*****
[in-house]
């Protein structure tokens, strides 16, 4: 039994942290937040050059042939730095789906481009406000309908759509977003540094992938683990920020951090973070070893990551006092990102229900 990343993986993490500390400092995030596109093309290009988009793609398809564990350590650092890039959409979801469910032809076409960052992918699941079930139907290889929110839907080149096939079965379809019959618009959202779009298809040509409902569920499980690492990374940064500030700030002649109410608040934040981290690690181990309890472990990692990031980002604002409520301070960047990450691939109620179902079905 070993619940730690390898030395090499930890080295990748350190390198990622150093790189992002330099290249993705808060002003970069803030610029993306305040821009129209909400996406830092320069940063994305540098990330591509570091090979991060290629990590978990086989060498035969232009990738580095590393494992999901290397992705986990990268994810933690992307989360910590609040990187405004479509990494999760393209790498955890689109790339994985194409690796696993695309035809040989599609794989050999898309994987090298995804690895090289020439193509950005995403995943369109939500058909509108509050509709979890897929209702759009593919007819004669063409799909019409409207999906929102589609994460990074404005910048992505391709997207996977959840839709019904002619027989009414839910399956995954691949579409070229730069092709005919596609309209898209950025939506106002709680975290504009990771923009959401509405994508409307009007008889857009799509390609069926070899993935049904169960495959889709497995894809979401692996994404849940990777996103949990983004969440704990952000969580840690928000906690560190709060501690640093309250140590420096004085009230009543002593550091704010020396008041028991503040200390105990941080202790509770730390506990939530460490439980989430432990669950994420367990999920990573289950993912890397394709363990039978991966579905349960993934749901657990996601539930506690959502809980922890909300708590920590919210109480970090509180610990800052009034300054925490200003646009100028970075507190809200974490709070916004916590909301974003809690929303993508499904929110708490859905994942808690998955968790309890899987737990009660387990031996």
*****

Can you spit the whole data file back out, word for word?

[in-house]
């Protein structure tokens, strides 16, 4: 039994942290937040050059042939730095789906481009406000309908759509977003540094992938683990920020951090973070070893990551006092990102229900 990343993986993490500390400092995030596109093309290009988009793609398809564990350590650092890039959409979801469910032809076409960052992918699941079930139907290889929110839907080149096939079965379809019959618009959202779009298809040509409902569920499980690492990374940064500030700030002649109410608040934040981290690690181990309890472990990692990031980002604002409520301070960047990450691939109620179902079905 070993619940730690390898030395090499930890080295990748350190390198990622150093790189992002330099290249993705808060002003970069803030610029993306305040821009129209909400996406830092320069940063994305540098990330591509570091090979991060290629990590978990086989060498035969232009990738580095590393494992999901290397992705986990990268994810933690992307989360910590609040990187405004479509990494999760393209790498955890689109790339994985194409690796696993695309035809040989599609794989050999898309994987090298995804690895090289020439193509950005995403995943369109939500058909509108509050509709979890897929209702759009593919007819004669063409799909019409409207999906929102589609994460990074404005910048992505391709997207996977959840839709019904002619027989009414839910399956995954691949579409070229730069092709005919596609309209898209950025939506106002709680975290504009990771923009959401509405994508409307009007008889857009799509390609069926070899993935049904169960495959889709497995894809979401692996994404849940990777996103949990983004969440704990952000969580840690928000906690560190709060501690640093309250140590420096004085009230009543002593550091704010020396008041028991503040200390105990941080202790509770730390506990939530460490439980989430432990669950994420367990999920990573289950993912890397394709363990039978991966579905349960993934749901657990996601539930506690959502809980922890909300708590920590919210109480970090509180610990800052009034300054925490200003646009100028970075507190809200974490709070916004916590909301974003809690929303993508499904929110708490859905994942808690998955968790309890899987737990009660387990031996």